Stefan Maul
Stefan Maul is an internationally renowned Assyriologist. His main area of research is Mesopatamian religion in the first millenium B.C., but he is recognized as a very accomplished scholar in many areas of Assyriology and cuneiform culture. In 1997, Professor Maul was awarded the G. W. Leibniz Prize, the most prestigious scientific prize in Germany, which will allow him generous funding for a scientific project undertaken over the next five years. Maul was on campus May 17-18, 1999. He gave a lecture entitled "Constructions of Divinity. The Idea of God in Ancient Near East" at the Cantor Arts Center Auditorium on May 17 at 7:00 p.m. He also presented a seminar on May 18 entitled "The Magician's Archives". Please see the schedule for details.

Jacques Derrida
Jacques Derrida came into prominence in America because of his association with the school of philosophy and literary criticism known as deconstruction, and it is with deconstruction that he is still most closely identified today. Born in Algeria in 1930 of Algerian Jewish parents, Professor Derrida is Director of Studies at the Ecole des Hautes Etudes en Sciences Sociales, Paris, and Professor of Humanities at the University of California, Irvine. Derrida visited the Stanford campus April 15-16, 1999. He spoke on " The Future of the Profesion, or the Unconditional University (Thanks to the 'Humanities': What Could Take Place Tomorrow)" at Kresge Auditorium on April 15 .

Pina Bausch
Choreographer and dancer Pina Bausch has directed the Tanztheater (dance theater) Wuppertal in Germany for 25 years. Her company is well known for provocative and innovative performances that combine dance, theater, music, and visual arts. The term dance theater began to be commonly used in the 1970s to describe this new genre that used whatever media is most effective in conveying and portraying what is being expressed. Bausch is often quoted as saying "I'm not interested in how people move, but what moves them." Her works are known for their exploration of relationships between people, particularly men and women, and confront issues of modern life. At times her work has drawn criticism and controversy, particularly in the United States, for its content and graphic depictions. When Bausch first started to choreograph her dance theater pieces, they were something totally different, even radical, and many reacted negatively to them. But they are now widely accepted and dance theater has become one of the major forces in modern dance today, largely due to Bausch. She has received many awards and is considered one of the most influential choreographers of our time. Bausch will conduct a public dance rehearsal and give an onstage interview on October 18, 1999.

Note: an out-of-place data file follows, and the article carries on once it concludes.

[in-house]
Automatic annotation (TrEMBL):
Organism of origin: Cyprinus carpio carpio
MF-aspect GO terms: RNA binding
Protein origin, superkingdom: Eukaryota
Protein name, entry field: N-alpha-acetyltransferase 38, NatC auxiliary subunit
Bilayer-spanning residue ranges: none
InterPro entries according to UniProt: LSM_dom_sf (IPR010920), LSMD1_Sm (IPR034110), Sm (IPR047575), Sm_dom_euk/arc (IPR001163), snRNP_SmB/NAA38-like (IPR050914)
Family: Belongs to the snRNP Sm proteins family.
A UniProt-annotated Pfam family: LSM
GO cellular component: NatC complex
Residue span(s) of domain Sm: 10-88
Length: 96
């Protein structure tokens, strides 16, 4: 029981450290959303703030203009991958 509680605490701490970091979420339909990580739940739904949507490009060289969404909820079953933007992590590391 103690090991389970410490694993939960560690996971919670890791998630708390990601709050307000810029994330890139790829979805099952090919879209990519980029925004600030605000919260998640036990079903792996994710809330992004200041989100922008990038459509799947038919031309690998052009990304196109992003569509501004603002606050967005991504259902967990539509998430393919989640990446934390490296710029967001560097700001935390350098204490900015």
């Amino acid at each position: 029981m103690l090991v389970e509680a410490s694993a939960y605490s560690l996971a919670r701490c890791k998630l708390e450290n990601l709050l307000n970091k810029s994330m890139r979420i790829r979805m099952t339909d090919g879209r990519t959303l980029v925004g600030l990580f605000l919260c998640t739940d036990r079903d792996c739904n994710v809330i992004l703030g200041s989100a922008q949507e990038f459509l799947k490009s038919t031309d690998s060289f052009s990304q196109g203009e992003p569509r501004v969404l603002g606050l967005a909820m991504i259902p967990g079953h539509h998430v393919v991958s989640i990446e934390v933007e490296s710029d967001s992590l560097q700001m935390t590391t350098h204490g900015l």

Svetlana Alpers
The second lecturer scheduled for the Fall Quarter series is Svetlana Alpers, an art historian specializing in Baroque painting. She has written controversial books on Rubens, Rembrandt, and Dutch 17th-Century art, and is known for her innovative approaches to theoretical issues of narration and description in the visual arts. Alpers is one of a handful of art historians whose fresh, imaginative methodologies introduced the New Art History to a wider U.S. audience in the 1970s and 1980s. She is professor emerita (History of Art) at the University of California, Berkeley. She will lecture at Stanford on November 8, 1999 on "What Are We Looking For? Expectations in Art History." For more info on Svetlana Alpers click here.

Bei Dao
The third and final lecturer scheduled to appear in the Fall Quarter series is Bei Dao, considered to be one of China's foremost poets. He is also known as Zhao Zhenkai, but has used the pseudonym Bei Dao since the late 1970s. In 1989, he was accused of helping to incite the protests in Tiananmen Square and consequently forced into exile. He has published numerous volumes of poetry and short stories, several of which have been translated into English. He was also one of the founders of Today (Jiantian), a literary magazine that provided a venue to emerging authors and poets, including Bei Dao himself. Bei Dao, who now lives in the U.S., has been a visiting scholar at the International Institute and the Center for Chinese Studies. He is currently in residence at the University of California Davis, and working on a collection to be entitled "Unlock." Bei Dao, accompanied by his translator, Eliot Weinberger, will lecture and give a reading in Chinese and English at Stanford on November 29, 1999.